Mike Altman: Sarah, for our first journal reading group you chose the article “Durkheim with Data: The Databse of Religious History” from a recent issue of JAAR. What’s the gist of the article and why did you think we should read it in our group of MA students and faculty?
Sarah Griswold: The article is basically an introduction (and justification) for the Database of Religious History. This database is meant to serve two purposes: to be a database for “religious groups” in the premodern world and to provide evidence for a theory of religious evolution. In effect, the database tries to play both fields of holding and providing both quantitative and qualitative data. The article mostly reads as an attempt to draw more scholars in in order to add data to the database.
As far as why I thought we should read it, there were a few reasons. First, as someone with a background in both the humanities and math, I think understanding how and why qualitative data is quantified is really important to understanding and critiquing the purpose and use of databases like this one. Second, as the humanities (and particularly religious studies) moves more and more towards digital projects, we need to be aware of what’s out there so we can emulate what is done well and improve on what is lacking. Finally, the article also offers us insight into the theoretical workings of the project itself. Although titled “Durkheim with Data,” it seemed as though the creators of this project have not critically considered or defined the very categories they have opted to work within, making the move from qualitative to quantitative data suspect. That, I think, can be quite telling of the ultimate success or failure of a project of this size.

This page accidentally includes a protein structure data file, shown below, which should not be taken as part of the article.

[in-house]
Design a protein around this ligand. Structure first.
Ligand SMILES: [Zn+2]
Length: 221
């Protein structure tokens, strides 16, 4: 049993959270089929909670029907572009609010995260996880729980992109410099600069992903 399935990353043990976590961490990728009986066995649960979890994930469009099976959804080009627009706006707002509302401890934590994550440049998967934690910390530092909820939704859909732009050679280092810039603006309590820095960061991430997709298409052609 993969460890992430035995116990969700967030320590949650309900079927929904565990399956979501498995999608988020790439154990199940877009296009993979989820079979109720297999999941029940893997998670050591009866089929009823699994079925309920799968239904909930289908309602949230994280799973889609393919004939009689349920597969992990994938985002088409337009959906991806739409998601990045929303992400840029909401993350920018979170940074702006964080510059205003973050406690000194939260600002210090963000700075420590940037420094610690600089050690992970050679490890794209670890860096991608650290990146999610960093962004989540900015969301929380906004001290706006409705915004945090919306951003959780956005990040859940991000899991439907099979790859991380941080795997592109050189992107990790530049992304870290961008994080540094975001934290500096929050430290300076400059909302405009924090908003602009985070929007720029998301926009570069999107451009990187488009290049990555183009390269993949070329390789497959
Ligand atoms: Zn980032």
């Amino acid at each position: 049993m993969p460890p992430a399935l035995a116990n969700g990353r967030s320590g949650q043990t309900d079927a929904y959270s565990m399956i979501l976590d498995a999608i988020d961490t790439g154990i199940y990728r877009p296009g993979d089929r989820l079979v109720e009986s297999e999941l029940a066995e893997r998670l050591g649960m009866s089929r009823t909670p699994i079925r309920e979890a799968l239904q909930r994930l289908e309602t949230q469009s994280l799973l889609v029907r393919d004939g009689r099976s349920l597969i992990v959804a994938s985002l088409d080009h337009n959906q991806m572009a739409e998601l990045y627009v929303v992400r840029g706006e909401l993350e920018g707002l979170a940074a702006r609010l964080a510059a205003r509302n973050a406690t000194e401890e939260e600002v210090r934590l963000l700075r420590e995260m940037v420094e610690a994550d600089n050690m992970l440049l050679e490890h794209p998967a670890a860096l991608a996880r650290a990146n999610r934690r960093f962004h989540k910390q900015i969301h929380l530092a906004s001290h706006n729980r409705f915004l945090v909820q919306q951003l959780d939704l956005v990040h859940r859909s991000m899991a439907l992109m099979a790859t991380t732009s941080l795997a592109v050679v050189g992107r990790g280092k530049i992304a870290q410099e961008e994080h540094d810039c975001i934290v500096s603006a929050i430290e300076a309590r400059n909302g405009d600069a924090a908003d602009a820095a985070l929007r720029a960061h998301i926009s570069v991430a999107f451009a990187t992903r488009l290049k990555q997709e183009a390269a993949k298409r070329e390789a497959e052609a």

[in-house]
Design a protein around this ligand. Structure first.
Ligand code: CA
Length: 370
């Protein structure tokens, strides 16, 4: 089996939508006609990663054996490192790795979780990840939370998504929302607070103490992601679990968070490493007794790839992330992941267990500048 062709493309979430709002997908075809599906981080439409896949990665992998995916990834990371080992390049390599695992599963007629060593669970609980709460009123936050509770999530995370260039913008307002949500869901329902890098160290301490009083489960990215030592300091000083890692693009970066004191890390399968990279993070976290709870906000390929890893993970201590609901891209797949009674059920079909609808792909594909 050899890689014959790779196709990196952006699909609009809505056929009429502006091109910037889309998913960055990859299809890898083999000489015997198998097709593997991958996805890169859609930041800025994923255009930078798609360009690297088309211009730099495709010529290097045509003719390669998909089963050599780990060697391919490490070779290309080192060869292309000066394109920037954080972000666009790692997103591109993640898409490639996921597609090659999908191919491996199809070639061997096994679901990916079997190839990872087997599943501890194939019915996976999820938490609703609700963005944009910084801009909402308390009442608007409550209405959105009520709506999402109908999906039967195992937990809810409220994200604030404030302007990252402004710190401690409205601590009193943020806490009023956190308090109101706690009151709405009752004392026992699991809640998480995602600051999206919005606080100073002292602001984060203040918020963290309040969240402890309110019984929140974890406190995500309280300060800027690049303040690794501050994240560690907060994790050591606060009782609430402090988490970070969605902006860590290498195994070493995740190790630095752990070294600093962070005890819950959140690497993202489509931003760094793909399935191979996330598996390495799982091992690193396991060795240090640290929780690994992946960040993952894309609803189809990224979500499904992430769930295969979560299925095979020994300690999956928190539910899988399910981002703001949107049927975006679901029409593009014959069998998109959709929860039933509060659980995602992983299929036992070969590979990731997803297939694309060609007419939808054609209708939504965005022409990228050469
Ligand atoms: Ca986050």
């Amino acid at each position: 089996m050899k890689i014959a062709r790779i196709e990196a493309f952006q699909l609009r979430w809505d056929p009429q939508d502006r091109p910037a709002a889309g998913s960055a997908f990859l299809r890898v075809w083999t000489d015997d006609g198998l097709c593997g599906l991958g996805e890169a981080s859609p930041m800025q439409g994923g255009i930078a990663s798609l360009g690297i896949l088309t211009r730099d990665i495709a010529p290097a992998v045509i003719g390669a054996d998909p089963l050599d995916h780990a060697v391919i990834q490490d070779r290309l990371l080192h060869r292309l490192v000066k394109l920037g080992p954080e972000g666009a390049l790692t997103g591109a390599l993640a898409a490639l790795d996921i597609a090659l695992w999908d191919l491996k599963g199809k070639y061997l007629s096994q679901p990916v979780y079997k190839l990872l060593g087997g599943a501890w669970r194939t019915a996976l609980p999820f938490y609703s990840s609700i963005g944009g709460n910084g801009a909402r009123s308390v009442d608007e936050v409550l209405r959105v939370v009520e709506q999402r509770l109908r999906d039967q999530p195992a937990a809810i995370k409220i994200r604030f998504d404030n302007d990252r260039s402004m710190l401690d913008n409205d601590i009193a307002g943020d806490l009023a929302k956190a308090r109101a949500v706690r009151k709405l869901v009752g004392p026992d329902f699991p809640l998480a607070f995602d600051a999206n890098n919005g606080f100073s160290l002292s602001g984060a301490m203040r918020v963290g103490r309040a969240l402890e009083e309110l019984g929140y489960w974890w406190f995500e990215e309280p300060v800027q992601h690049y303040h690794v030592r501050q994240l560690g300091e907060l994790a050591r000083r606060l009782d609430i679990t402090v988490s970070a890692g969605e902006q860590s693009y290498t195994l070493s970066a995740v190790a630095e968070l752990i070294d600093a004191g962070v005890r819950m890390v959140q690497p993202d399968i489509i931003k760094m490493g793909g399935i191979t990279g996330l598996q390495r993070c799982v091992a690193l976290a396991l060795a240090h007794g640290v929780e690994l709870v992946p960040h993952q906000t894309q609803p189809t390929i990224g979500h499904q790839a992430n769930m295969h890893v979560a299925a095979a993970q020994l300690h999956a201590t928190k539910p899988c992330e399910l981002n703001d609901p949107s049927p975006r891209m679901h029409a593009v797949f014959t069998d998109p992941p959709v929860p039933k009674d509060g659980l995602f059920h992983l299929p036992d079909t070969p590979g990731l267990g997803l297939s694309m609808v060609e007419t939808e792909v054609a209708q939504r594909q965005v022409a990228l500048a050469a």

MA: As a student in this new MA program that has an emphasis on digital and public humanities what can you learn from this article and what can we as a program learn?
SG: Personally, this article reinforced the importance of thinking through the categories you use when quantifying data. It can be easy to point to something you “know” is religion and label it as such without thinking about why you’ve decided on that label in the first place. It’s also interesting to think about the collaboration across disciplines that these projects require. It would be impossible for one or two scholars to gain all the skills needed to make these things even work. It turns out that group projects exist in real life too and not just in school.
As a program, I think the biggest take away is to pay attention to the developments of these projects. Because the DRH has a capacity to refine their methods, I don’t think they should be entirely dismissed as uncritical. There are positive and negative take aways from critically examining any digital project. Learning more about digital projects and examining their goals and functions can and will tell us a lot about how to move forward in our own individual and collaborative projects.